If you haven’t already heard, the curtains may soon be drawing to a close for ride-sharing app, Uber, in London.
However, the UK capital’s not the first to slap a potential ban on the US company. Many other cities such as Denmark and Bulgaria have already suspended or completely banned the use of the app.
So, if you’d still like to use the app when abroad, and legally, where exactly can you use it?
Yes or no to Uber?
The good news is that many countries across the world still permit Uber in their territories. USA leads the stakes in the country with the most active Uber users, followed by Brazil, China, Mexico and India.
USA and Canada
In the US, most states freely accept the app, but if you plan to travel to Alaska and hope to use it, you’ll be sorely disappointed. Uber removed its services after a dispute over whether its drivers were independent contractors or registered taxi drivers.
In Vancouver, British Columbia, ride-sharing apps in general aren’t permitted, so don’t even think about trying!
In Europe, Uber operates in many cities including Algarve in Portugal to Vilnius in Lithuania. Though Uber is still permitted in Rome, the country will soon be banning it for good after being found of constituting ‘unfair competition practices’.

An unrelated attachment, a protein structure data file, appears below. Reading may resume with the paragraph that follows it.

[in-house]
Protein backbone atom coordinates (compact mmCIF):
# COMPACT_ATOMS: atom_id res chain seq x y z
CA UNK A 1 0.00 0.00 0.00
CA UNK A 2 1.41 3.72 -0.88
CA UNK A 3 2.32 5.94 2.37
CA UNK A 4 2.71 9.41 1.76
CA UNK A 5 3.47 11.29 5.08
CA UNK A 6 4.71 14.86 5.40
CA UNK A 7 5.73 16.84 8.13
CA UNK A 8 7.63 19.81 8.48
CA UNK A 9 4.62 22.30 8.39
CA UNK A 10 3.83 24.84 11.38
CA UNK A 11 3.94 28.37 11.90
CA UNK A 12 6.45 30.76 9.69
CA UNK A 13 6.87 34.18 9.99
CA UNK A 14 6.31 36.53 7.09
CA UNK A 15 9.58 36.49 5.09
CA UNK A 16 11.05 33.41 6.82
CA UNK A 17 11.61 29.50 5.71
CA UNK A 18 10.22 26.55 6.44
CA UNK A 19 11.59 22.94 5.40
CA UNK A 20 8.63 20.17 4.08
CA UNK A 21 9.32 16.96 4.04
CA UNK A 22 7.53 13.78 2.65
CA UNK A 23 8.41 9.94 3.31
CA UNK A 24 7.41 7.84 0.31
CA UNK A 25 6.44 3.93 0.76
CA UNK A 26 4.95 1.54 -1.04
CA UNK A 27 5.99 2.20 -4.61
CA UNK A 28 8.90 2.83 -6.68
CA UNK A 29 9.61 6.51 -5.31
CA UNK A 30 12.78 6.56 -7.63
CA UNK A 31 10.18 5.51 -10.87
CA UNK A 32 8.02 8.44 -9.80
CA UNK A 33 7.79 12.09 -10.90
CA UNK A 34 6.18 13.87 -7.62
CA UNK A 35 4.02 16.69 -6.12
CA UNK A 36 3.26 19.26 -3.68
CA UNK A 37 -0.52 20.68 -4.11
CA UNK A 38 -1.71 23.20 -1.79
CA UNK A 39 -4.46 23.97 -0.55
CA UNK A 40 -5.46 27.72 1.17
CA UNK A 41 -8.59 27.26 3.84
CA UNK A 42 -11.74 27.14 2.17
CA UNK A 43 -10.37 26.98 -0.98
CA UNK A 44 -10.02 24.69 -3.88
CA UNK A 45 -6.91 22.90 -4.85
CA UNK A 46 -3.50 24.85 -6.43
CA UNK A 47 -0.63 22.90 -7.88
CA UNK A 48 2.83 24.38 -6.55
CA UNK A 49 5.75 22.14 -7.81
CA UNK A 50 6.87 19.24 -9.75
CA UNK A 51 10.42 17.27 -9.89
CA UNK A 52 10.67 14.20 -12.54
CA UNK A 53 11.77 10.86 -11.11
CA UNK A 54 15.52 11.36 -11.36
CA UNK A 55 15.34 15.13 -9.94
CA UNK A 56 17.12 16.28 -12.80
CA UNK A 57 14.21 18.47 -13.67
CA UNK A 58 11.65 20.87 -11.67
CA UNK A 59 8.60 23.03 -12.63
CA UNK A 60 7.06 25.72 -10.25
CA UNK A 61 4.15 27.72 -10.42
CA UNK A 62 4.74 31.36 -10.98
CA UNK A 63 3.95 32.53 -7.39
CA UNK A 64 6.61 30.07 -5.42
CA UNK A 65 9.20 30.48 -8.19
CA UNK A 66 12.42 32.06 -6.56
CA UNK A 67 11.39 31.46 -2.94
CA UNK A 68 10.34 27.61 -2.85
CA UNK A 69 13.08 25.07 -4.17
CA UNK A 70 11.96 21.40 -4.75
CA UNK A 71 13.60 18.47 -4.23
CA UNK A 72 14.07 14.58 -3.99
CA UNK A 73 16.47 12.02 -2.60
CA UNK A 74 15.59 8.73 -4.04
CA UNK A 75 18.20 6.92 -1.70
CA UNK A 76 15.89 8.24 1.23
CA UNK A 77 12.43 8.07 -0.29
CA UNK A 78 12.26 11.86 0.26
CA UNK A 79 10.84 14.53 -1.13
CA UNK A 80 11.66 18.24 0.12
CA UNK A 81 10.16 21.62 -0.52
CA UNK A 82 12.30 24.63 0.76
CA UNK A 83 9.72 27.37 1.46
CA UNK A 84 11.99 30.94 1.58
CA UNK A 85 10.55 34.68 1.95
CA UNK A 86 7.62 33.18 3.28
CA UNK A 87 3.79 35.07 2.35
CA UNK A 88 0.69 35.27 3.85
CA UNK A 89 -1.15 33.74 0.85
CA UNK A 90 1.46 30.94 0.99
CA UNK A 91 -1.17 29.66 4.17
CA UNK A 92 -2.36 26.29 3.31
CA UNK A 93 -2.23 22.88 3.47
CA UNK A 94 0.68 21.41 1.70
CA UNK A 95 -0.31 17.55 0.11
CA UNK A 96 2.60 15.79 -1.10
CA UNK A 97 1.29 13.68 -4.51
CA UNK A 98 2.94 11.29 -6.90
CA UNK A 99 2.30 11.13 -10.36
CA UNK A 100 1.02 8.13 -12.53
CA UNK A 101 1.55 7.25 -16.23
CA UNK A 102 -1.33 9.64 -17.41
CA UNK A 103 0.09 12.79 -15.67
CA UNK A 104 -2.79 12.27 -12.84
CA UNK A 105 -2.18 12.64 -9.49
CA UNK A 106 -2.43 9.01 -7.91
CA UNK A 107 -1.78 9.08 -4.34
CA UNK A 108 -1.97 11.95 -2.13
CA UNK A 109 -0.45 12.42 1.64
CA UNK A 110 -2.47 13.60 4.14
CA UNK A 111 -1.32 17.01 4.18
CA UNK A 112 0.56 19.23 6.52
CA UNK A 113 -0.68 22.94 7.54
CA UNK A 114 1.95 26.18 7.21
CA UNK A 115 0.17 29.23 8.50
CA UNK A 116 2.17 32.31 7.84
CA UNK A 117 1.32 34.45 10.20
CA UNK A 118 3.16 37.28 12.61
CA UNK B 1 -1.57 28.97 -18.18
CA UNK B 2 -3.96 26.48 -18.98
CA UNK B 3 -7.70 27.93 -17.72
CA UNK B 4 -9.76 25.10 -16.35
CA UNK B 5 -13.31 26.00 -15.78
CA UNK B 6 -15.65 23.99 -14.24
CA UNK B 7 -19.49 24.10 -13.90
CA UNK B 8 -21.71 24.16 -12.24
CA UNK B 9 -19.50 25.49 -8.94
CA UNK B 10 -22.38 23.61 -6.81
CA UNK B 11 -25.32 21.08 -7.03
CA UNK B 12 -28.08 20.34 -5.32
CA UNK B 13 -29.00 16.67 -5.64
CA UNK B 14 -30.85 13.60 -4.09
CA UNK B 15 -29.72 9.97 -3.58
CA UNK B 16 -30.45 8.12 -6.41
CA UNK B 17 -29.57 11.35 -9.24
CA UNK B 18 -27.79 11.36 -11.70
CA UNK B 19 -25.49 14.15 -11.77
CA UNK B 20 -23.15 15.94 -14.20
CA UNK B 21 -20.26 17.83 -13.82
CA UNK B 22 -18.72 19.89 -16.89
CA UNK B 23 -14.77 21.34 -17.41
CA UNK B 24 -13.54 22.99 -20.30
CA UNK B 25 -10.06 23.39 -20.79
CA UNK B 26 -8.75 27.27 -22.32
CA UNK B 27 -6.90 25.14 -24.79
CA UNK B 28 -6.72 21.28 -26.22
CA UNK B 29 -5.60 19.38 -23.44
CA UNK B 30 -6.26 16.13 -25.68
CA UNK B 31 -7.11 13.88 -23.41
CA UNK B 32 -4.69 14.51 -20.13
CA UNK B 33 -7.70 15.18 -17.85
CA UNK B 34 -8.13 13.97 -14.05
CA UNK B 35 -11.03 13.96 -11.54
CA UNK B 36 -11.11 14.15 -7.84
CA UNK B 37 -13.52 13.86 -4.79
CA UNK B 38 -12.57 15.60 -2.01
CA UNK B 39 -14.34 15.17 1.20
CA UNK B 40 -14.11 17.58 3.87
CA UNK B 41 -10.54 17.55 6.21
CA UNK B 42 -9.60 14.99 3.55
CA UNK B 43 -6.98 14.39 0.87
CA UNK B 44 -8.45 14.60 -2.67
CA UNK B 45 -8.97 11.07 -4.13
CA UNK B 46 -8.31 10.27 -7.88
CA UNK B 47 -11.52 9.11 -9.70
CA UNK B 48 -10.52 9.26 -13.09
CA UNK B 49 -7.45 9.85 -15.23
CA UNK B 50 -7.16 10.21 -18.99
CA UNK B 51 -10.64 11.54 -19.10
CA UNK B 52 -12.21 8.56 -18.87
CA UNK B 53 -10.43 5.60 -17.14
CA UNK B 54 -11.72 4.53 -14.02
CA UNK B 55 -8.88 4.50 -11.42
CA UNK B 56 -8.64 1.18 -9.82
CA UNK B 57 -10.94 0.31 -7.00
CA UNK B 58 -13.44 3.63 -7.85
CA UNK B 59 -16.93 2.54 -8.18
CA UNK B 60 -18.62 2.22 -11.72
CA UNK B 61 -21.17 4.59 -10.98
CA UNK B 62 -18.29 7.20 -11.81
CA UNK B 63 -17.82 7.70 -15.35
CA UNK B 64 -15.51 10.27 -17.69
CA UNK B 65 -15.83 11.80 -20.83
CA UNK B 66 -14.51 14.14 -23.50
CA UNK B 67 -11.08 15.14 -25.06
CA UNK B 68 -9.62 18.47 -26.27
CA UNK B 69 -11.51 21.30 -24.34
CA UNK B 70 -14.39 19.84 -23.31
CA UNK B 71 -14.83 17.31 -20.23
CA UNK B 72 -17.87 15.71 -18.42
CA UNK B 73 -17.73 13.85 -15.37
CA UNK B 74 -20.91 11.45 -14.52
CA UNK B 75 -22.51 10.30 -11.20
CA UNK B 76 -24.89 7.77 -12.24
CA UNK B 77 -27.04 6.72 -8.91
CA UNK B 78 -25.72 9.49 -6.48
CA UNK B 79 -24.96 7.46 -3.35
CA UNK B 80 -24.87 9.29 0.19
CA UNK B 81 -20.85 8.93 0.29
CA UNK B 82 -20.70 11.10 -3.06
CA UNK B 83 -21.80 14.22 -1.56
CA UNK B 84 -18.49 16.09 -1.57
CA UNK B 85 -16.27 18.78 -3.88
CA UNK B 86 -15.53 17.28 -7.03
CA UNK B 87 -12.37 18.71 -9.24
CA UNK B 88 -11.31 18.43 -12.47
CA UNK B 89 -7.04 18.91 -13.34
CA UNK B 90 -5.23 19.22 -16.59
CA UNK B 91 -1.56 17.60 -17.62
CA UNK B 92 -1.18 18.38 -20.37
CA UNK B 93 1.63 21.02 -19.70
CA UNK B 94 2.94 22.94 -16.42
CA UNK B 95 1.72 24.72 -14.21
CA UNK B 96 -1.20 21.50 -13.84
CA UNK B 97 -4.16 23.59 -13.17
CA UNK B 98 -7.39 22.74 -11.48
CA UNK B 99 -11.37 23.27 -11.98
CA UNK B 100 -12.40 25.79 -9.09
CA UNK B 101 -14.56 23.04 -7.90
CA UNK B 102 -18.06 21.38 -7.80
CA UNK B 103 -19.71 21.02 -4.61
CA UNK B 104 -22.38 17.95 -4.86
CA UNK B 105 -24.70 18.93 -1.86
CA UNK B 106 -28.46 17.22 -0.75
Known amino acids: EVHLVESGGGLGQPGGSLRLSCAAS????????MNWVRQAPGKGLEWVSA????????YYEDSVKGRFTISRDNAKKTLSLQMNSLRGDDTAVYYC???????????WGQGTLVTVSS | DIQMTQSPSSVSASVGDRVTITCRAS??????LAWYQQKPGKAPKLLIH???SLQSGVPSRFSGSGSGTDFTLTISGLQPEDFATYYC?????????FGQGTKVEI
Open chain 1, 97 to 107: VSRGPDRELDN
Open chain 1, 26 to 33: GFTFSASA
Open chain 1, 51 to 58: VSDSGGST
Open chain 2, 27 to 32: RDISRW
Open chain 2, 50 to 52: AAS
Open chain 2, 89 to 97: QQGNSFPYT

While London may soon be facing the prospect of an Uber-less future, the same doesn’t apply to the rest of the country. If you’re planning to visit Belfast, Birmingham, Leeds or Sheffield, you can breathe easy (for now) as the app is still allowed.
In August, the Philippines put a ban on Uber services for a month. The company continued to bring on new drivers after the country’s transportation agency suspended its accreditation process.
However, it appears all is well between the country and company as visitors can legally use Uber in cities like Manila and Cebu.
Australia and New Zealand
For the majority of countries and cities across Australia and New Zealand, problems with Uber have been few and far between. From Auckland to Hobart to Wollongong, there’s no issue with using the ride-sharing app.
That said, in the Northern Territory in Australia, the company is on a temporary ban with no return date in sight. The ban occurred after the state government refused to change its law to accommodate the app’s legality.